Communicating on your phone has gone far beyond simple SMS messages and voice calls. We have social messengers, secret messengers, professional messengers and power-packed messengers, so it can be difficult to settle on which services are worth your time. If you need a little help deciding what to use to ask your friends if they're free for coffee or ranting with gifs about the latest episode and what morons you favorite characters are being, here are our favorites.

Adaptable and data-light: WhatsApp Messenger

WhatsApp is one of the most popular messengers in the world, with encrypted multimedia chat, VoIP voice and video calls, and a drop dead setup. We liked WhatsApp more before it got bought by Facebook, but the service itself is still decent, widely-used, and in many places is more reliable than SMS, so it's still well worth its spot as our top recommendation.

Free at Google Play

Simplified security: Signal Private Messenger

Signal has been one of the most well-trusted secure messaging systems on the block for years. It's absolutely free and uses end-to-end encryption protocol to ensure your privacy with every message you send. It uses your already existing phone number, so there are no extra hoops to jump through like a new password or username.

Free at Google Play

For professionals and pro-memers: Slack

We've used Slack for our in-company chatting for as long as I've worked at Android Central, and I was shocked to learn that Slack was available for regular users alongside its corporate use, but whether you just want to Slack your classmates with some choice gifs or need to talk to your boss about your schedule, Slack is awesome and I love it.

Free at Google Play

Get your game chat on: Discord

Discord is part IRC chat, part message board, and all awesome. It's aimed more at group chatting than individual chats, but it's available on just about any platform you can think of, it's easy to manage, share, and moderate, and its gamer-centric focus has made it a very, very responsive service that's quick to update and expand.

Free at Google Play

A favorite from Asia: LINE: Free Calls & Messages

LINE might not be as popular in the West (yet), but this Japan-based service is one of the most popular in Asia, with over 600 million users and a whole suite of communication, payment, and gaming apps under the LINE name. LINE is well-made and easy to use, but it's been slow to spread in America, even with its nine adorable mascots.

Free at Google Play

I'm not dying: Hangouts

Reports of Hangouts impending "death" are highly exaggerated, and while the classic Hangouts app might be sunset in a few years, the Hangouts service will continue with Hangouts Chat and Hangouts Meet, the latter of which we've been enjoying for our team meetings for months. Hangouts is still one of the easiest to adopt, since it uses your Google account.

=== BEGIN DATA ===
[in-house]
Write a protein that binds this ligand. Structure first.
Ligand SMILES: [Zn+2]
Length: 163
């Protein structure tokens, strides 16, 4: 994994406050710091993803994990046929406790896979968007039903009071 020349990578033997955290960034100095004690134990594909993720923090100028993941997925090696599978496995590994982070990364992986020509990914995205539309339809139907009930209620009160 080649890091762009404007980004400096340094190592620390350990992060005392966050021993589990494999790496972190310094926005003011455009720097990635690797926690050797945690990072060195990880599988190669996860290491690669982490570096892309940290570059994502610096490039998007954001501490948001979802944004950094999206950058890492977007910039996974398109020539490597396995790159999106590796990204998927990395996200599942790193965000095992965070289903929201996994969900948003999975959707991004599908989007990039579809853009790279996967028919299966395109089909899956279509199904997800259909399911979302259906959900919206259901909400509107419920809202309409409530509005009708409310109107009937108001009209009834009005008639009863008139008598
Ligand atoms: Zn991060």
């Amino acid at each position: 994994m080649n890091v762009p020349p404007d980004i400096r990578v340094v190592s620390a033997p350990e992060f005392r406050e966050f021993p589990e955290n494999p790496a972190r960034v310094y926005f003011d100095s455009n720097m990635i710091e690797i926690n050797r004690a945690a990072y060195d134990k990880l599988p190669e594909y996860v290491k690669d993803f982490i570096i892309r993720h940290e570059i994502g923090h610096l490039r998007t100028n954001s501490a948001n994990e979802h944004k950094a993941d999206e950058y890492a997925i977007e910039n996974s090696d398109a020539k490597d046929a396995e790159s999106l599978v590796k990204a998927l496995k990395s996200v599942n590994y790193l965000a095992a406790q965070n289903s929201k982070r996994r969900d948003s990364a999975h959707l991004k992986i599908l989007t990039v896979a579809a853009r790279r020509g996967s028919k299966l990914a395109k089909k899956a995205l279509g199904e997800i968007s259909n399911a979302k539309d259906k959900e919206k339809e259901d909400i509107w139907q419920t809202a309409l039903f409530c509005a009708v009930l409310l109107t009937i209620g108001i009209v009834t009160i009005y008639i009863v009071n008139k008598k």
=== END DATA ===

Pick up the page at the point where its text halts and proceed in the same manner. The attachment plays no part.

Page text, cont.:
Free at Google Play

Because everyone has Facebook: Facebook Messenger

Facebook has done some pretty despicable things in the last few years, but Facebook Messenger continues to be one of the more-used messenger apps around by the simple value of everyone and their grandmother having a Facebook account. It has some nice features, but it also has some annoying and invasive ones, too.

Free at Google Play

Snap it: Snapchat

Snapchat may be better classified as a social media network, but Snapchat is based around messaging and millions fell in love with its self-deleting photos and ease of use as a way to trash talk frenemies, send pictures/videos that you don't want spreading around school, and of course its many selfie filters.

Free at Google Play

Security is paramount

Even if all you're intending to do on your messaging service is talk to some buddies and maybe plan some jewel heists— I mean surprise parties — you should care about your messaging service being secure and trustworthy. Of the 8 services listed here, all but LINE support two-factor authentication, and several of them support encryption for messages, including Whatsapp, Signal, and Snapchat.

Self-deleting messages and notifications of when messages are screenshotted or reshared gives Snapchat some extra appearance of security, but there are ways around those protocols and Snapchat's had issues of self-deleting photos not getting deleted from their servers before. On the other hand, the ability to delete specific messages permanently from a group chat is nice feature on Signal that I wish would come to more services, but at least services like Whatsapp having the ability to unsend a message a few minutes after an accidental send is nice.

How many friends can you convince to switch?

The problem with picking a messenger app is that usually you can't just use one. Some friends will be on Facebook, some will be on Whatsapp, and there's that one weirdo that still uses Hangouts — my family still uses Hangouts just about every day for our group chats. You can try and guide your friends towards one platform or another, but remember that you may need to compromise and pick a platform your friends already use.